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Old 04-21-2019, 05:05 PM   #1
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Another, hopefully not too repetitive, toad question

We are virgins in RVing. We rented a couple of times (expensive but a valuable step!) to see if we liked it and then found this immaculate 2007 Voyage.

Now as prepare to venture out on our first voyage in our Voyage we are trying to figure out which toad to buy. It will have to serve as a daily driver as well.

In reading this and other forums it appears that a Jeep is the clear winner. But we're not crazy about driving a Jeep, even a Cherokee, every day. In looking at the Dinghy towing guide we see that most if not all of the Ford Fusion models can be flat towed but I don't recall seeing any postings that talk about anyone doing that. Is the Fusion not a realistic option? If not, why not?

Are there any other regular cars that people would recommend?

Thanks in advance for your great advice to us newbies. We have already learned a ton by reading here.
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Old 04-21-2019, 05:15 PM   #2
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The Ford Fusion Hybrid and Energi models have small trunks (due to batteries) and probable a low tow point so a drop bar might be needed to get the tow bar level.

If you go back a few years, there are more choices. How new does it have to be? Honda CRV's before 2015 we're very popular.

We love our Ford Escape Hybrid, but you would have to go back to before 2013 models.
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Old 04-21-2019, 06:16 PM   #3
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Ford C-Max is towable, but may be too small for your everyday depending on number of pax. Four easy, five only if kids.
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Old 04-22-2019, 04:57 AM   #4
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We have a Ford C-Max Energi that has worked out well as both a toad and a daily commuter. If you need something larger I would look at the Ford Edge and the Chevy Equinox. Whatever you decide on, verify that the owner's manual states support for flat/recreational towing.
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Old 04-22-2019, 06:17 AM   #5
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toad

We went with an Equinox. We needed a toad that could be:

1) Towed 4 down with minimal muss & fuss
2) Rated to tow a 2000 lb. pontoon boat @ trailer as needed when at home.

We had to go with a V6 in order to get the 3500 lb. towing capacity (the 4 cylinder is only rated to tow 1500 lb.)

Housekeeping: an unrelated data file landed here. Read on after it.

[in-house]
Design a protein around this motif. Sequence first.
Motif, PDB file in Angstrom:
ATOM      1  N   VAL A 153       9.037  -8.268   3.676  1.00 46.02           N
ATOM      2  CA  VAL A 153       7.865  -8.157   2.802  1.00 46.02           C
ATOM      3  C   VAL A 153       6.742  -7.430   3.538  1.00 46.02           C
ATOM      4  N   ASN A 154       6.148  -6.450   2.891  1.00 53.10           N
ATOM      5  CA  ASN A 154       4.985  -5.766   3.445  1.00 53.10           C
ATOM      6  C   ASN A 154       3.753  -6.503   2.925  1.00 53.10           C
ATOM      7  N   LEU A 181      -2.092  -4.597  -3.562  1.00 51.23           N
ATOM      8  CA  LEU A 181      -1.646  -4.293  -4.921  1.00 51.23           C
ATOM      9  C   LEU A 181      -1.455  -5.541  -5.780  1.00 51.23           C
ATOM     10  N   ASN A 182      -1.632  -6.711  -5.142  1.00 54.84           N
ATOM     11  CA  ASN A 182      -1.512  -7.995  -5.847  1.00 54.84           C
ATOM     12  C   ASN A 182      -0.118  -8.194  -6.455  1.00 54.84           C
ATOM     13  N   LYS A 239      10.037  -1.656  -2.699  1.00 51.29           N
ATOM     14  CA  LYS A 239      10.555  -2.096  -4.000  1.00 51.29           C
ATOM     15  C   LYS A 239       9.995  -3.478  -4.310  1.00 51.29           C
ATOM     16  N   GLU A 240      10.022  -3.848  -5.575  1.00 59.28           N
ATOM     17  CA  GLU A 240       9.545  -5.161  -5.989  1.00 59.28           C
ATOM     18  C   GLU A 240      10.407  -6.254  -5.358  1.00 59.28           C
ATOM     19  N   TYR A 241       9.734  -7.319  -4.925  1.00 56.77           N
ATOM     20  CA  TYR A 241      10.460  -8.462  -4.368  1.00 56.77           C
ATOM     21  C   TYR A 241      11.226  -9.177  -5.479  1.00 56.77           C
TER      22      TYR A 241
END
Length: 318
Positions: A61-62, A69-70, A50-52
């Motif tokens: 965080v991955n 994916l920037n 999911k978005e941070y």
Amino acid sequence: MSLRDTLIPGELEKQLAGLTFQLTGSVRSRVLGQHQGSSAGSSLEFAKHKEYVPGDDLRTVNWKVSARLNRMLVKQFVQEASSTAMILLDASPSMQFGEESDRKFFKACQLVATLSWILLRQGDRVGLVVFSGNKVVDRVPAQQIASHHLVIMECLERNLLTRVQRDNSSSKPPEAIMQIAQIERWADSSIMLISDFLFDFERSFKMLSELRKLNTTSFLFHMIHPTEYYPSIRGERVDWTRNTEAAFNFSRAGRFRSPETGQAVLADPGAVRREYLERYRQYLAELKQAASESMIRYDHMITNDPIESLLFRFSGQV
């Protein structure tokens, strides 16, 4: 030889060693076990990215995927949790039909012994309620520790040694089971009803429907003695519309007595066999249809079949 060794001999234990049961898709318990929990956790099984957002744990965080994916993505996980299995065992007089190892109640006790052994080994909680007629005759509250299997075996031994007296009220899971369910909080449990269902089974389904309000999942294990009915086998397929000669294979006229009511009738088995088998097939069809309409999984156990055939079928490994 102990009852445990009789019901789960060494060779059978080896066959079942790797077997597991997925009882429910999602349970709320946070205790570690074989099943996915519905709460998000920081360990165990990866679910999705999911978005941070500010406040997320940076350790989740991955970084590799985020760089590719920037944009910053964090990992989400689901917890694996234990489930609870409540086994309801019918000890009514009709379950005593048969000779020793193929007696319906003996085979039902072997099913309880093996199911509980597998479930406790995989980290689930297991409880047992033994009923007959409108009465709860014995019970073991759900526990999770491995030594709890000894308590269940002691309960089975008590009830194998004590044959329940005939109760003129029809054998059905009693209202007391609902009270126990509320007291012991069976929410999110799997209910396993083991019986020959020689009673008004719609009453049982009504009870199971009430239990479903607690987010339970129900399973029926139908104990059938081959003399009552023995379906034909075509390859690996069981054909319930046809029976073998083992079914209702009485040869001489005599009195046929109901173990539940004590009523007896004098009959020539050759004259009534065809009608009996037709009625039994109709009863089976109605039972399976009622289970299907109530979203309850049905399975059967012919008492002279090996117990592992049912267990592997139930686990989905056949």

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Old 04-22-2019, 07:01 AM   #6
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We have a 2016 C-Max, which I used as a daily commuter. I didnít get the energi because of the loss of trunk space. More storage than the Prius it replaced and more power. You will need a drop down hitch as the tow bar must be absolutely level to prevent the dreaded death wobble.

Pros: Hybrid, fits bikes inside with just front wheels removed, flat towable, automatic transmission

Cons: PITA to change the air filter, difficult access to the firewall to run breakaway wire to passenger compartment (though you can access the firewall when changing the air filter).

We went with a diode kit for the lights. If you use a removable brake system like Blue Ox or Brake Buddy, you will have to get power from the rear power plug that is live all the time, the one on the console shuts off after a time and you will also need to connect a battery maintainer to the motor home charge line. If starting over, Iíd put in an Air Force One instead.

Good Luck!

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Old 04-22-2019, 07:18 AM   #7
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Quote:
Originally Posted by rvpilot> View Post
We are virgins in RVing. We rented a couple of times (expensive but a valuable step!) to see if we liked it and then found this immaculate 2007 Voyage.

Now as prepare to venture out on our first voyage in our Voyage we are trying to figure out which toad to buy. It will have to serve as a daily driver as well.

In reading this and other forums it appears that a Jeep is the clear winner. But we're not crazy about driving a Jeep, even a Cherokee, every day. In looking at the Dinghy towing guide we see that most if not all of the Ford Fusion models can be flat towed but I don't recall seeing any postings that talk about anyone doing that. Is the Fusion not a realistic option? If not, why not?

Are there any other regular cars that people would recommend?

Thanks in advance for your great advice to us newbies. We have already learned a ton by reading here.
Toad and daily driver -

No need for snow or off road ???

Just be carefull and fully explore the model you choose to be sure it has no history of issues - then go for it.

Always interesting to see what others are selling - here - Toads - RV & Motorhome Classifieds

Best of Luck,
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Old 04-22-2019, 09:00 AM   #8
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We have two towable Jeeps, a Wrangler and a Cherokee. My wife can't drive the Wrangler 5 speed. It also has no AC. She thinks the Cherokee is unreliable because the fuel pump went out once. She bought a 2018 Equinox Diesel AWD. It it was a very comfortable Towed Dingy this winter in Arizona and California.

I would recommend the Equinox. Roomy and very comfortable. You do need to provice a 12 volt charge line to prevent the battery running down while being towed.
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Old 04-22-2019, 03:58 PM   #9